Of the 38 players the Seahawks have drafted since 2013, only one has been a Pro Bowler — Tyler Lockett as a return specialist.

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There may simply have been nowhere for the Seahawks to go but down after three straight drafts from 2010 to 2012 that not only rank as among the best in franchise history but rival any three-year stretch for any team in the history of the NFL.

In those three drafts — the first three for the team under coach Pete Carroll and general manager John Schneider — the Seahawks landed eight players who have played in at least one Pro Bowl, three who have been a first-team All-Pro pick at least twice, a franchise quarterback, and at least five whose contributions already would seem to merit someday landing in the team’s Ring of Honor (and that doesn’t include receiver Doug Baldwin, an undrafted free agent in 2011, who also has made a Pro Bowl).

As longtime Dallas Cowboys personnel exec Gil Brandt said recently: “It’s kind of tough to keep up that pace.”


The first round of the NFL draft starts at 5 p.m. Thursday (ESPN). The Seahawks have the No. 26 overall pick.

And indeed, the draft riches came to a stunning halt in 2013, a year when the Seahawks drafted 11 players, only one of whom remains with the team four years later and could be considered to have ever been a full-time starter at any point — tight end Luke Willson.

The Seahawks could rightly point to the fact that the 2013 draft is generally regarded as among the worst in NFL history, yielding few stars for any teams, and that they hit it big in free agency that year with defensive ends Cliff Avril and Michael Bennett.

But even three drafts since then have generated either mixed results or a class on whom the jury is still out.

Of the 38 players taken since 2013, only one has been a Pro Bowler — Tyler Lockett as a return specialist — with only five having been essentially a full-time starter for the Seahawks at any time in their careers.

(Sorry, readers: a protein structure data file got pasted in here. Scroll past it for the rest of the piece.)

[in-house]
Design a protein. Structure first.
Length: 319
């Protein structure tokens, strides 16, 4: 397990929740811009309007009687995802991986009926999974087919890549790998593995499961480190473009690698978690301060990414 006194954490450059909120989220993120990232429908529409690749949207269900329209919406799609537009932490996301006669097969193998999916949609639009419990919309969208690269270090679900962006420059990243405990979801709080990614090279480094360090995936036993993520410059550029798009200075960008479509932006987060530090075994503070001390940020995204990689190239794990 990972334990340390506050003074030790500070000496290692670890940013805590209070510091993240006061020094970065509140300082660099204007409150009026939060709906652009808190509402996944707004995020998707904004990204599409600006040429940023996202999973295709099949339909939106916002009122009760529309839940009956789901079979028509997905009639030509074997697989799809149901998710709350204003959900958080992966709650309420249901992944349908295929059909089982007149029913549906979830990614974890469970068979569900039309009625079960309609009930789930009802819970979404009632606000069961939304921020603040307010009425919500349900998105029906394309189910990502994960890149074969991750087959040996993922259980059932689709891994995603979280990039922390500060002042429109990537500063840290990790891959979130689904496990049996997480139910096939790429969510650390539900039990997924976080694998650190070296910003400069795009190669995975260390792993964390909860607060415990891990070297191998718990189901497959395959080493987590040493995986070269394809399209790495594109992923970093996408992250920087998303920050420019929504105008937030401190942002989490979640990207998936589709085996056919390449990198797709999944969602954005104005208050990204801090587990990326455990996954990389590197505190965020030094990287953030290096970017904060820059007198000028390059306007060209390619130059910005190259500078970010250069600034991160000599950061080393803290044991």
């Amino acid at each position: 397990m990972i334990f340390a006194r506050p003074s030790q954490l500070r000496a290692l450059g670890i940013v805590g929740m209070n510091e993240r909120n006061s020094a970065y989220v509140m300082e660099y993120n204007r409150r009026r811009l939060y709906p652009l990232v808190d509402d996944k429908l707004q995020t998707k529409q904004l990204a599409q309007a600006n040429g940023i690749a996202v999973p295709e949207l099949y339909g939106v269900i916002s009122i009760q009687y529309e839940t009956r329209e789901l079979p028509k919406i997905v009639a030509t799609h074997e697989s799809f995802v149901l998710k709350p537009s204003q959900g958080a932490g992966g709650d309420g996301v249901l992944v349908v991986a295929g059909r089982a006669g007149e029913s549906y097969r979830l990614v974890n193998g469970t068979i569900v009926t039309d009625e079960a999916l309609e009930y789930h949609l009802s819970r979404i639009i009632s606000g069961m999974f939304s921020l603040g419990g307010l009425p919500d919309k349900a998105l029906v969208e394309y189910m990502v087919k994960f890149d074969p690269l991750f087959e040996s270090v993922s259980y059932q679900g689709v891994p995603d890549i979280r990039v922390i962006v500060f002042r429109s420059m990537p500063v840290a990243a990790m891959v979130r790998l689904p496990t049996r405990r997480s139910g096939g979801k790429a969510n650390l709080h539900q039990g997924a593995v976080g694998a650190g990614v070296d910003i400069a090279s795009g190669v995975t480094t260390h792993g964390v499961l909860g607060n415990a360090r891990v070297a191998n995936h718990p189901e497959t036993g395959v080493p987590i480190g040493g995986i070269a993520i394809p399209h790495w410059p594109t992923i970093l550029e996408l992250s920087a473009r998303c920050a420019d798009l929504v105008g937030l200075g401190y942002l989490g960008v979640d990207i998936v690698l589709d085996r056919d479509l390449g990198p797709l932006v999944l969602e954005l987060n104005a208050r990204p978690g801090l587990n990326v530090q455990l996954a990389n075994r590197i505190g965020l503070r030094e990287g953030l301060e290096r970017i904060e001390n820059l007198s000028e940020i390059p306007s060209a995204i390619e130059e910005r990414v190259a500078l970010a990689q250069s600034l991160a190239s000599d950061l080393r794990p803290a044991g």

True, the loaded early drafts and free-agent signings that paid off meant breaking into the Seahawks’ roster was harder than ever.

“There were not a lot of holes there for someone to come in and ultimately win a job,” said Phil Savage, a longtime NFL personnel exec who now works for SiriusXM NFL Radio.

But the core built from 2010 to 2012 is now aging — at least seven likely starters on Seattle’s defense next season will be 28 or older (Bennett, Avril, tackle Athyba Rubin, linebacker K.J. Wright, safeties Earl Thomas and Kam Chancellor and cornerback Richard Sherman). Baldwin will also be 29 and tight end Jimmy Graham 31 by the end of the season and even quarterback Russell Wilson will be 29 next November.

Add it up, and while every draft is critical in its own way, this year’s draft — set for Thursday to Saturday — might be as pivotal as ever for the Seahawks to add some starting-caliber, if not game-changing, talent.

The bad news is Seattle doesn’t pick until 26.

As Savage notes, “As the team has improved, obviously they are picking a little bit later on a year-to-year basis, so that impacts you getting that difference-maker type talent at times.”

While the Schneider/Carroll Seahawks gained renown for their ability to hit on mid- to late-round picks, it’s also worth remembering that the start of it all was hitting big in their first draft on two picks that were among the top 14 — left tackle Russell Okung at No. 6 and Thomas at 14, players who were each immediate starters at key positions and each made at least one Pro Bowl.

Seattle has not picked higher than 15 since then, and has picked only once earlier than 45 since 2013 (granted, the Seahawks have contributed to that by three times trading their first-round pick).

The good news is that the Seahawks this year have five of the first 106 picks in what is regarded as a particularly deep draft, especially on defense.

And given the suddenly advancing age on defense, this is a draft when the Seahawks could look to take a player at any position other than maybe middle linebacker (held down by Bobby Wagner, who turns 27 in June).

Asked if he has seen anything in the Seahawks’ drafts of the past four years compared to the first three, Savage said he thinks that Seattle inevitably has picked for need a bit more of late with so many positions that were set, which especially holds true on defense.